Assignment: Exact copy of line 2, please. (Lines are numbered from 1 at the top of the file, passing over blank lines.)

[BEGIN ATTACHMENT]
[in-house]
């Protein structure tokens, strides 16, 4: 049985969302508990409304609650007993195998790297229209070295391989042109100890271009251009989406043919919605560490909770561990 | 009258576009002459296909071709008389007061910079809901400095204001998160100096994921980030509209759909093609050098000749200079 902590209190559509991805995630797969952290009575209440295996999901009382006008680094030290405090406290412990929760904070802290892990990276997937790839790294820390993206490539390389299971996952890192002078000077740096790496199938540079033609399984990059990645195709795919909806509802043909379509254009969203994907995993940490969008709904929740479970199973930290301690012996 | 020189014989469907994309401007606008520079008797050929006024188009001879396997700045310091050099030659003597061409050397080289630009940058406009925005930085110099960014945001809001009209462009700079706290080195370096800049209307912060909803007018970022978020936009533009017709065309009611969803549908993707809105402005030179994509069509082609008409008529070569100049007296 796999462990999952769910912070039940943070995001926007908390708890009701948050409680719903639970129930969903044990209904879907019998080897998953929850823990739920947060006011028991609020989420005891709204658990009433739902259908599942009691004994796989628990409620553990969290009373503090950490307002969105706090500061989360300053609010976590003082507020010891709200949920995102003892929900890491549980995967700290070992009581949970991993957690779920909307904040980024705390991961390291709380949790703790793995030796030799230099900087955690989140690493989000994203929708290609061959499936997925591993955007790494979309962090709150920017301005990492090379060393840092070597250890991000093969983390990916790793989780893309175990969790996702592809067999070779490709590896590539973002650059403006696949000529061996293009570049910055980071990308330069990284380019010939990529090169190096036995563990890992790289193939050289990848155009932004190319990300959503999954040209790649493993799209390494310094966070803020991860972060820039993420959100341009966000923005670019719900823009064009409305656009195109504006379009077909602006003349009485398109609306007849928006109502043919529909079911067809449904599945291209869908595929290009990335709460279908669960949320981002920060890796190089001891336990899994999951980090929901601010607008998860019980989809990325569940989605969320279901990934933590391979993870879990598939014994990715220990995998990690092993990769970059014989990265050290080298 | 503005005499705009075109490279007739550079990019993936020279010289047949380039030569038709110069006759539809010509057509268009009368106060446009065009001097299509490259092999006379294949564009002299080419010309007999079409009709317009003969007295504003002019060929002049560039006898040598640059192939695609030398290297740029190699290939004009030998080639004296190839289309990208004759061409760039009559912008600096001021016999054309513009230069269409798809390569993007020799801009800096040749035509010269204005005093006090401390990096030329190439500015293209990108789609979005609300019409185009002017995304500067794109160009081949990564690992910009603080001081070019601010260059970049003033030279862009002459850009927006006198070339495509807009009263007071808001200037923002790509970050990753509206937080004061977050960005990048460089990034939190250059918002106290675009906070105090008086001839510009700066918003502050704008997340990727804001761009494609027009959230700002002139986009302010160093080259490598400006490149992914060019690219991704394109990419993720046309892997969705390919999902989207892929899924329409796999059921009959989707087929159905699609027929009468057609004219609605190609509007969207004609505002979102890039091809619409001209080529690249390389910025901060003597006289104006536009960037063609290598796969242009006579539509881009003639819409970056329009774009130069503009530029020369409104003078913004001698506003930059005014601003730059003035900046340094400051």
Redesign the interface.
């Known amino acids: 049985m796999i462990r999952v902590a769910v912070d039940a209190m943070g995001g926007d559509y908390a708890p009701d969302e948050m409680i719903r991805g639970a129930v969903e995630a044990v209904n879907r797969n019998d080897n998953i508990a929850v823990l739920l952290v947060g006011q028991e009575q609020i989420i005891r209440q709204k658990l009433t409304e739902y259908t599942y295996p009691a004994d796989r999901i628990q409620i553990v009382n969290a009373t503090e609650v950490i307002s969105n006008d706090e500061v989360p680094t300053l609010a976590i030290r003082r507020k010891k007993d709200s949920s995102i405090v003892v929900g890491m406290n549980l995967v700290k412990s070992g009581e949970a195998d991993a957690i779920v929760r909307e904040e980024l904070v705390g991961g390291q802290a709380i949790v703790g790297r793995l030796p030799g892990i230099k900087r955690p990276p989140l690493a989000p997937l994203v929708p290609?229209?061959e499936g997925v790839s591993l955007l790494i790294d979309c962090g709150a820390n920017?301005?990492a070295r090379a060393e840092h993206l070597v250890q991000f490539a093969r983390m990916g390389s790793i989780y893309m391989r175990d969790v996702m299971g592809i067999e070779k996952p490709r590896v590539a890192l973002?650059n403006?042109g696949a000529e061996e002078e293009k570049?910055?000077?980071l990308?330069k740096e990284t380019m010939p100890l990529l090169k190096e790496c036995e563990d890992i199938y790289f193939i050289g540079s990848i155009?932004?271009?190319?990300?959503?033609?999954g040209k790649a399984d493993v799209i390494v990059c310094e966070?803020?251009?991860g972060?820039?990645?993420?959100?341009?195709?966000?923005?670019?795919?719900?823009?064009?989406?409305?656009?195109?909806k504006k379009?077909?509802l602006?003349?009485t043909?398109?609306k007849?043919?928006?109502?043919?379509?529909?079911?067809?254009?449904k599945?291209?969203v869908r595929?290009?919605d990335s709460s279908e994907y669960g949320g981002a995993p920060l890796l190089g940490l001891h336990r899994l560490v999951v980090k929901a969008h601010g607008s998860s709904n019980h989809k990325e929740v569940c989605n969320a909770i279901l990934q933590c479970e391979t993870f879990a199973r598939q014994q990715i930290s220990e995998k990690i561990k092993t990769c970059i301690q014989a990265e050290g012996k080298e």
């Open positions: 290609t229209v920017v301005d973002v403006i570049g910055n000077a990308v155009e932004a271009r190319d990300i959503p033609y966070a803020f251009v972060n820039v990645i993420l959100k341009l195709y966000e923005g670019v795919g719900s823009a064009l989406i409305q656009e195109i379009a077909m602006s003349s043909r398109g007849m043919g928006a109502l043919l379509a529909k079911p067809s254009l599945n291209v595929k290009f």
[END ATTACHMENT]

């Protein structure tokens, strides 16, 4: 049985969302508990409304609650007993195998790297229209070295391989042109100890271009251009989406043919919605560490909770561990 | 009258576009002459296909071709008389007061910079809901400095204001998160100096994921980030509209759909093609050098000749200079 902590209190559509991805995630797969952290009575209440295996999901009382006008680094030290405090406290412990929760904070802290892990990276997937790839790294820390993206490539390389299971996952890192002078000077740096790496199938540079033609399984990059990645195709795919909806509802043909379509254009969203994907995993940490969008709904929740479970199973930290301690012996 | 020189014989469907994309401007606008520079008797050929006024188009001879396997700045310091050099030659003597061409050397080289630009940058406009925005930085110099960014945001809001009209462009700079706290080195370096800049209307912060909803007018970022978020936009533009017709065309009611969803549908993707809105402005030179994509069509082609008409008529070569100049007296 796999462990999952769910912070039940943070995001926007908390708890009701948050409680719903639970129930969903044990209904879907019998080897998953929850823990739920947060006011028991609020989420005891709204658990009433739902259908599942009691004994796989628990409620553990969290009373503090950490307002969105706090500061989360300053609010976590003082507020010891709200949920995102003892929900890491549980995967700290070992009581949970991993957690779920909307904040980024705390991961390291709380949790703790793995030796030799230099900087955690989140690493989000994203929708290609061959499936997925591993955007790494979309962090709150920017301005990492090379060393840092070597250890991000093969983390990916790793989780893309175990969790996702592809067999070779490709590896590539973002650059403006696949000529061996293009570049910055980071990308330069990284380019010939990529090169190096036995563990890992790289193939050289990848155009932004190319990300959503999954040209790649493993799209390494310094966070803020991860972060820039993420959100341009966000923005670019719900823009064009409305656009195109504006379009077909602006003349009485398109609306007849928006109502043919529909079911067809449904599945291209869908595929290009990335709460279908669960949320981002920060890796190089001891336990899994999951980090929901601010607008998860019980989809990325569940989605969320279901990934933590391979993870879990598939014994990715220990995998990690092993990769970059014989990265050290080298 | 503005005499705009075109490279007739550079990019993936020279010289047949380039030569038709110069006759539809010509057509268009009368106060446009065009001097299509490259092999006379294949564009002299080419010309007999079409009709317009003969007295504003002019060929002049560039006898040598640059192939695609030398290297740029190699290939004009030998080639004296190839289309990208004759061409760039009559912008600096001021016999054309513009230069269409798809390569993007020799801009800096040749035509010269204005005093006090401390990096030329190439500015293209990108789609979005609300019409185009002017995304500067794109160009081949990564690992910009603080001081070019601010260059970049003033030279862009002459850009927006006198070339495509807009009263007071808001200037923002790509970050990753509206937080004061977050960005990048460089990034939190250059918002106290675009906070105090008086001839510009700066918003502050704008997340990727804001761009494609027009959230700002002139986009302010160093080259490598400006490149992914060019690219991704394109990419993720046309892997969705390919999902989207892929899924329409796999059921009959989707087929159905699609027929009468057609004219609605190609509007969207004609505002979102890039091809619409001209080529690249390389910025901060003597006289104006536009960037063609290598796969242009006579539509881009003639819409970056329009774009130069503009530029020369409104003078913004001698506003930059005014601003730059003035900046340094400051």